Student Becomes Teacher

What a long, crazy week it’s been! I’m currently parked in Griffin, Georgia while they load my trailer full of cargo on its way to Arkansas, so I figure I’ve got a little time to catch you all up to speed on what’s new in my world.

My wife, Christina, is currently attending school to obtain her CDL. She hopes to graduate and have her license before our anniversary this month, and in September she’ll be joining my company in order to become my teammate. In order to do this, she’ll need a trainer at the company, so rather than have her spend two weeks on the road being trained by a stranger, I’ve taken the steps necessary to be her trainer. As of Monday, I am officially a trainer for my company, capable of training new drivers in how to safely perform the various tasks required of long-haul truck drivers. The student has become the teacher! I just hope that I’m a good trainer for my wife. I considered taking another trainee this month, but training can take three weeks, and my wedding anniversary is less than three weeks away, so I decided against it. Christina will be my first trainee.

That’s the good news. The rest of this week has been hectic and somewhat ridiculous. While heading to Kentucky to become a trainer, I had to drop my load off for someone else to deliver. Unfortunately, my load locks and straps were still in the trailer, and since I couldn’t break the trailer seal, I wasn’t able to retrieve them. This meant that when I picked up my next load, I didn’t have any straps or locks. While I was in KY I forgot to pick up some new locks and straps from the company, so while I was en route to a pickup in Indiana, I had to purchase replacement locks and straps at a truck stop, which wound up costing me about $130. I’ve been petitioning the company to reimburse me for this purchase, since it was required and the items will eventually wind up being company property one way or another, but it’s been two days and I still haven’t heard any updates. I’m seriously hoping that they pay me back for those items.

On Wednesday I was given a load due in Georgia by midnight Thursday. This would seem like plenty of time to deliver the load, except for two problems: I was in Ohio, an estimated twelve hours from my destination, and by the time they finished loading me, I was out of hours for the day. Since I only have eleven hours of drive time in a day, and I would be required to take a ten-hour break before I could start driving on Thursday, this meant that a 12-hour drive would take me 32 hours: ten hours to sleep, eleven hours to drive, plus another ten hours to sleep before making the final 1-hour drive to the destination. And that’s not counting fuel stops or any other required breaks! Now, that 12-hour trip was calculated at an average speed of 55mph, so if I were to average 60 or 65mph, I could likely make the trip in 10 or 11 hours instead. Still, this would require me to take few and short breaks and drive every possible second.

I slept for my 10-hour break, then hit the road, driving all the way to my fuel stop with minimal breaks to use the restroom. I didn’t even eat anything until I reached the fuel stop. By the time I reached the fuel stop, I was about 4 hours and 12 minutes away from my destination, and I had about 4 hours and 37 minutes left of available drive time, and about 6 hours left of my 14-hour clock in which to finish driving. However, after parking the truck for my required 30-minute break, I did a cursory inspection of my truck and trailer’s condition, only to discover that a crossbeam on the back of the trailer had snapped loose and was hanging precariously by a single bolt. Apparently this beam had broken before, and whoever had welded it back on had done a terrible job. The weld had rusted through, and as I drove through the rain and over the rough, pot-holed highways, the moisture and vibrations were enough to snap the bar off.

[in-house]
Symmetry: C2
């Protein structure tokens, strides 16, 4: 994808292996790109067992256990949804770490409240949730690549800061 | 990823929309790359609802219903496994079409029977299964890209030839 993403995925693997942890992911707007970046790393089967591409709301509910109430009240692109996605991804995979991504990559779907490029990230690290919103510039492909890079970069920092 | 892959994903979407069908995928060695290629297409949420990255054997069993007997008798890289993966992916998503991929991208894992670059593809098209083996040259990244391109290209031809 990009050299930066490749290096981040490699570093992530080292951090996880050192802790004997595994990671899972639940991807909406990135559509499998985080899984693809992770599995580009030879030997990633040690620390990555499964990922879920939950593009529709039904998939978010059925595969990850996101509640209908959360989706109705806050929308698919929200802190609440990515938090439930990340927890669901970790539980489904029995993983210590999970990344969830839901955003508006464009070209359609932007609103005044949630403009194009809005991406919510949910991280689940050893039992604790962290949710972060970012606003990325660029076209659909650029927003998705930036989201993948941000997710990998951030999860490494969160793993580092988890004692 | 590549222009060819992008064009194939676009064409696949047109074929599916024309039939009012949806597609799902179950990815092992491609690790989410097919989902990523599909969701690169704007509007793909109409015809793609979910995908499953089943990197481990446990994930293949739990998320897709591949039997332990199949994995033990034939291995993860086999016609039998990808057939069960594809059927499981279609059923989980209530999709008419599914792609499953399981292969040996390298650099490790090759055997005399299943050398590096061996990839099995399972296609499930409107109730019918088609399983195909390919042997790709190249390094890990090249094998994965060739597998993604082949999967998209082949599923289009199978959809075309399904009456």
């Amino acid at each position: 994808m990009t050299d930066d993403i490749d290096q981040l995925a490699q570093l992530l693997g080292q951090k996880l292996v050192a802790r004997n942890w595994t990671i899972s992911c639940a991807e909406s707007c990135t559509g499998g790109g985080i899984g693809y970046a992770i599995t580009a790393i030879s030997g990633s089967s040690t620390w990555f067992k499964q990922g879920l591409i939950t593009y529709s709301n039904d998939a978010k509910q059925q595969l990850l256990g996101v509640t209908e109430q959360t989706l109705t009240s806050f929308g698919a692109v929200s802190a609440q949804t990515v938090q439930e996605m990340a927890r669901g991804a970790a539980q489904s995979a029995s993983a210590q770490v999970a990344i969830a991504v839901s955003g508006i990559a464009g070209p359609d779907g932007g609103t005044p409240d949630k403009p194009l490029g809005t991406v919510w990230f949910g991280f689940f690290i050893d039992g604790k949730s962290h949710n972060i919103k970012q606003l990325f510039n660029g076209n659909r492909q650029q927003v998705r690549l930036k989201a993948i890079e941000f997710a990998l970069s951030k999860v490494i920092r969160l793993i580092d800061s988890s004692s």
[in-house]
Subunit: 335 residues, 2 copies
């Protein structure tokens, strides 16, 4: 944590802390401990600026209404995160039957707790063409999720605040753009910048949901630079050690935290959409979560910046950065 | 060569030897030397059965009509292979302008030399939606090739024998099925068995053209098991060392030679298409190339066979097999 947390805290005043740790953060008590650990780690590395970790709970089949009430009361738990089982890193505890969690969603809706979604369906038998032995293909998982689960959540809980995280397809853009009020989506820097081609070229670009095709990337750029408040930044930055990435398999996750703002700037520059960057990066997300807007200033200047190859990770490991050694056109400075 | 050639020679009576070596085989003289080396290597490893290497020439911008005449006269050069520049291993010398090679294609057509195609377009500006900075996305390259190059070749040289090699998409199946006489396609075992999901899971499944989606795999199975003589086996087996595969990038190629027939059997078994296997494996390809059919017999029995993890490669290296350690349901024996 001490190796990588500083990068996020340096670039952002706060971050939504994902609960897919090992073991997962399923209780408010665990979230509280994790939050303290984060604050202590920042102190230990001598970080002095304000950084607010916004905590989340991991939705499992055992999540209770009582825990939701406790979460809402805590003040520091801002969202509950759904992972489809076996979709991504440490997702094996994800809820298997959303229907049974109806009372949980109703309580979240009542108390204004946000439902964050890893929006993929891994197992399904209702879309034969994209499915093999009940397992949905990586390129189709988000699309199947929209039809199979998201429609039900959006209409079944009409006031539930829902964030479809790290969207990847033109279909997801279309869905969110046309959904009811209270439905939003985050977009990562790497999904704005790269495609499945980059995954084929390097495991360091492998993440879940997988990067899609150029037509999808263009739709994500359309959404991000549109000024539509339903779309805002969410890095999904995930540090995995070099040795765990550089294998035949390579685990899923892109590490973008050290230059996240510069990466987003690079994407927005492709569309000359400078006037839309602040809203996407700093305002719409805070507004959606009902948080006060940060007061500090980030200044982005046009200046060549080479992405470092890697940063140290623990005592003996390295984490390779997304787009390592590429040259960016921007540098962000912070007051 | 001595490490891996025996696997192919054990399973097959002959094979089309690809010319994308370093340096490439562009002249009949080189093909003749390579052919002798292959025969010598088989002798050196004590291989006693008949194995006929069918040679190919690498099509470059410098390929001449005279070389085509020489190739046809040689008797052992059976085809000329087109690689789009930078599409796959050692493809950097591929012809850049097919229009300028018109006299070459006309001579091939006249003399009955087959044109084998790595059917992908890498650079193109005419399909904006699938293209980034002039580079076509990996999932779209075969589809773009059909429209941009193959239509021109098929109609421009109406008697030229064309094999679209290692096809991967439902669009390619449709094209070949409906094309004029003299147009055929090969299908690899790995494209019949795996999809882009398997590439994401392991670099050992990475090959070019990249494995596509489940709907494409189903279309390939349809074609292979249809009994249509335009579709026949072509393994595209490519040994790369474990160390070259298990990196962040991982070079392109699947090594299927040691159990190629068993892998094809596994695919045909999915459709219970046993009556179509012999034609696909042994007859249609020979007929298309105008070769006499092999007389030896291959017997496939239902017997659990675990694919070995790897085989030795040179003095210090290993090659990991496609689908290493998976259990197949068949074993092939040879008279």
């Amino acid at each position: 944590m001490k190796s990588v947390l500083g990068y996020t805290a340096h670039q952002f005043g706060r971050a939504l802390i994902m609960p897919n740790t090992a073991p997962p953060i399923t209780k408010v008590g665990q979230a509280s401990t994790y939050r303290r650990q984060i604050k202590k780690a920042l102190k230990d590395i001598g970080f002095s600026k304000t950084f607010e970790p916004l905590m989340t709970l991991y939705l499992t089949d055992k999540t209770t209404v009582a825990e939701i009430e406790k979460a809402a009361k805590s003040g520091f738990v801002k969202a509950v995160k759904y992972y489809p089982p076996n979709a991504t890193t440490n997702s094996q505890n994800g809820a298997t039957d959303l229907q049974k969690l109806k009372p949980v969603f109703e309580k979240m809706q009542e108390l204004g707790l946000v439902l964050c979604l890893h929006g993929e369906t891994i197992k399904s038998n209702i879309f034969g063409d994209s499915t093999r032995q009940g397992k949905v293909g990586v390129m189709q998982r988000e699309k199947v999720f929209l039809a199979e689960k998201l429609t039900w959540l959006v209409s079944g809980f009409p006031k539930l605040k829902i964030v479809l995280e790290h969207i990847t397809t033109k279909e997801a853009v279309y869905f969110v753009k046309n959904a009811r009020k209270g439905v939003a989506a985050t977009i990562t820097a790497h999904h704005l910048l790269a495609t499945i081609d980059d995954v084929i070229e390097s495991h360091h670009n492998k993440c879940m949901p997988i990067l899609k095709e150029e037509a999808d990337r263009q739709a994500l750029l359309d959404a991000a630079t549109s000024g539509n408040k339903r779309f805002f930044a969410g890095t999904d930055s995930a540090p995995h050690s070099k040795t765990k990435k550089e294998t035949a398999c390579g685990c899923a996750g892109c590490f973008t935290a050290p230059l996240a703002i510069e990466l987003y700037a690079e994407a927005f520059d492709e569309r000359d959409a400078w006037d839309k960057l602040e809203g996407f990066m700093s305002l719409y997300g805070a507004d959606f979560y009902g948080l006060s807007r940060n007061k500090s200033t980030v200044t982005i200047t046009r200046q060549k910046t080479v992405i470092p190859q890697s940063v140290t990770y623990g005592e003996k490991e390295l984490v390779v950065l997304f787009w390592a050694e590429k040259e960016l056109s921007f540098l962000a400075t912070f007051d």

A repair truck had to be called, and I was put out of service, unable to continue driving. I watched anxiously as the hours ticked by, and before long I only had a few hours left in my 14-hour clock, and not nearly enough time to reach the destination. I had to figure out a way to make my delivery that night, otherwise I’d be late.

I decided to take an 8-hour split break. If I included the time that I was waiting for the repair truck as part of my break, I could finish my 8-hour break by 6pm, and I’d get a few more hours in which to drive that last stretch of highway. So I slept, then woke at 6, and was able to make my delivery on-time.

Then, this morning, they gave me my next pick-up, which was scheduled for 8am, an hour away. I’d have to leave at 6:30 to get to the shipper by 8, after which point I’d only have about an hour left on my clock before I’d have to shut down and take a 10-hour break. I drove to the shipper, and by the time they finished loading me, I was out of hours.

Which brings me to the present moment. I’m now parked outside the shipper, sitting in my truck, forced to take a 10-hour break. However, my delivery is due tomorrow morning at 9am, and it’s an 11-hour drive if I take it leisurely. Which means I’ll need to wake up at 9pm tonight then drive all night in order to make my delivery.

I hate being on the night-shift, but in this case it’s unavoidable. I’ll be sleeping away my day, spending the next 12 hours parked on the side of the road, then I’ll be driving all night to reach my destination. Like some kind of vampire trucker. And then, when I reach my destination, I’ll be forced to take another 10-hour break, which means I’ll once again be stuck on the night shift…

C’est la vie. I just hope I can switch back to days soon.

Anyway, it’s about time I hit the rack. Love you all. Be safe out there. Hug your loved ones. Tip your waitresses.

Until next time, I bid you farewell.

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